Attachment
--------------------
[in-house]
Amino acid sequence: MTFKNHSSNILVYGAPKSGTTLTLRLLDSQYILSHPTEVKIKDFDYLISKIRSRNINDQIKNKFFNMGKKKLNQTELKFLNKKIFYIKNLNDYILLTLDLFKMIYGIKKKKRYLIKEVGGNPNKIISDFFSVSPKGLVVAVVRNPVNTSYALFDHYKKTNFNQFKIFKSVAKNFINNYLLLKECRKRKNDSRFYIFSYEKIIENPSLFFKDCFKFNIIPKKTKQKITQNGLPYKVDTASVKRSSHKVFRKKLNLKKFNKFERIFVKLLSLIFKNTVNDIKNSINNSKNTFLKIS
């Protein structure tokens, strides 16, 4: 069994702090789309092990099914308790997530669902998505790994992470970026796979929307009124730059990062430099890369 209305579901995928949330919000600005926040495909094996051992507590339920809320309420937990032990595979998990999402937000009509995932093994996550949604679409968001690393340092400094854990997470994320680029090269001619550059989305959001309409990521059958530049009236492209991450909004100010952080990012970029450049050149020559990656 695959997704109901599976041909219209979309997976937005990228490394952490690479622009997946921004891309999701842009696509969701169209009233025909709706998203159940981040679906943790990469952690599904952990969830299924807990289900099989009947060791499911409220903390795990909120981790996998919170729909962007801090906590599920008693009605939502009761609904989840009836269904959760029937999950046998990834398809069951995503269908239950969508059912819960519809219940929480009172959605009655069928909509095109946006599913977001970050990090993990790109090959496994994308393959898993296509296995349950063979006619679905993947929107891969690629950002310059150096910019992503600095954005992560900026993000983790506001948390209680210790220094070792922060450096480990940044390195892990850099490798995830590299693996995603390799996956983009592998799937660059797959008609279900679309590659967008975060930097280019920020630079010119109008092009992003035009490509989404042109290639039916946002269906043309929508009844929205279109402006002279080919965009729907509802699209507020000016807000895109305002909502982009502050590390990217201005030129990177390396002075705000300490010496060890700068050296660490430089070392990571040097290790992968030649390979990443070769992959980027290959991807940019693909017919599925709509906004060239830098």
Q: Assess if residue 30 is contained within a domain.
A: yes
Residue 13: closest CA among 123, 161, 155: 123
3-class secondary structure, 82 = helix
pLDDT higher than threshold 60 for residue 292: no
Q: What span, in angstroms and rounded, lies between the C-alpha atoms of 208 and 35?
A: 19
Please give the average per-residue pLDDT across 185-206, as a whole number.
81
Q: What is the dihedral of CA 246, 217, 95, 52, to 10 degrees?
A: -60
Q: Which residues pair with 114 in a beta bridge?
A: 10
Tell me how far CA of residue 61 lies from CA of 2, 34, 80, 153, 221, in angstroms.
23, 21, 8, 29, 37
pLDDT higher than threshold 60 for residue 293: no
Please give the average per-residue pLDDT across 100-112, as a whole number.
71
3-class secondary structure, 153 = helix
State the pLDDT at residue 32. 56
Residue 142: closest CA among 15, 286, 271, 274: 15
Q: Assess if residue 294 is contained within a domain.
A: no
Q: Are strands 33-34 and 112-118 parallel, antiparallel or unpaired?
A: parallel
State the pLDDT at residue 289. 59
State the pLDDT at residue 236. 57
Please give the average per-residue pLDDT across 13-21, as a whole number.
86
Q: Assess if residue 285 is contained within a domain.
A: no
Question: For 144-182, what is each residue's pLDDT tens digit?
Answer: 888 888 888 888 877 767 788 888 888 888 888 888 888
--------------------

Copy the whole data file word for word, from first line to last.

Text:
[in-house]
Amino acid sequence: MTFKNHSSNILVYGAPKSGTTLTLRLLDSQYILSHPTEVKIKDFDYLISKIRSRNINDQIKNKFFNMGKKKLNQTELKFLNKKIFYIKNLNDYILLTLDLFKMIYGIKKKKRYLIKEVGGNPNKIISDFFSVSPKGLVVAVVRNPVNTSYALFDHYKKTNFNQFKIFKSVAKNFINNYLLLKECRKRKNDSRFYIFSYEKIIENPSLFFKDCFKFNIIPKKTKQKITQNGLPYKVDTASVKRSSHKVFRKKLNLKKFNKFERIFVKLLSLIFKNTVNDIKNSINNSKNTFLKIS
């Protein structure tokens, strides 16, 4: 069994702090789309092990099914308790997530669902998505790994992470970026796979929307009124730059990062430099890369 209305579901995928949330919000600005926040495909094996051992507590339920809320309420937990032990595979998990999402937000009509995932093994996550949604679409968001690393340092400094854990997470994320680029090269001619550059989305959001309409990521059958530049009236492209991450909004100010952080990012970029450049050149020559990656 695959997704109901599976041909219209979309997976937005990228490394952490690479622009997946921004891309999701842009696509969701169209009233025909709706998203159940981040679906943790990469952690599904952990969830299924807990289900099989009947060791499911409220903390795990909120981790996998919170729909962007801090906590599920008693009605939502009761609904989840009836269904959760029937999950046998990834398809069951995503269908239950969508059912819960519809219940929480009172959605009655069928909509095109946006599913977001970050990090993990790109090959496994994308393959898993296509296995349950063979006619679905993947929107891969690629950002310059150096910019992503600095954005992560900026993000983790506001948390209680210790220094070792922060450096480990940044390195892990850099490798995830590299693996995603390799996956983009592998799937660059797959008609279900679309590659967008975060930097280019920020630079010119109008092009992003035009490509989404042109290639039916946002269906043309929508009844929205279109402006002279080919965009729907509802699209507020000016807000895109305002909502982009502050590390990217201005030129990177390396002075705000300490010496060890700068050296660490430089070392990571040097290790992968030649390979990443070769992959980027290959991807940019693909017919599925709509906004060239830098």
Q: Assess if residue 30 is contained within a domain.
A: yes
Residue 13: closest CA among 123, 161, 155: 123
3-class secondary structure, 82 = helix
pLDDT higher than threshold 60 for residue 292: no
Q: What span, in angstroms and rounded, lies between the C-alpha atoms of 208 and 35?
A: 19
Please give the average per-residue pLDDT across 185-206, as a whole number.
81
Q: What is the dihedral of CA 246, 217, 95, 52, to 10 degrees?
A: -60
Q: Which residues pair with 114 in a beta bridge?
A: 10
Tell me how far CA of residue 61 lies from CA of 2, 34, 80, 153, 221, in angstroms.
23, 21, 8, 29, 37
pLDDT higher than threshold 60 for residue 293: no
Please give the average per-residue pLDDT across 100-112, as a whole number.
71
3-class secondary structure, 153 = helix
State the pLDDT at residue 32. 56
Residue 142: closest CA among 15, 286, 271, 274: 15
Q: Assess if residue 294 is contained within a domain.
A: no
Q: Are strands 33-34 and 112-118 parallel, antiparallel or unpaired?
A: parallel
State the pLDDT at residue 289. 59
State the pLDDT at residue 236. 57
Please give the average per-residue pLDDT across 13-21, as a whole number.
86
Q: Assess if residue 285 is contained within a domain.
A: no
Question: For 144-182, what is each residue's pLDDT tens digit?
Answer: 888 888 888 888 877 767 788 888 888 888 888 888 888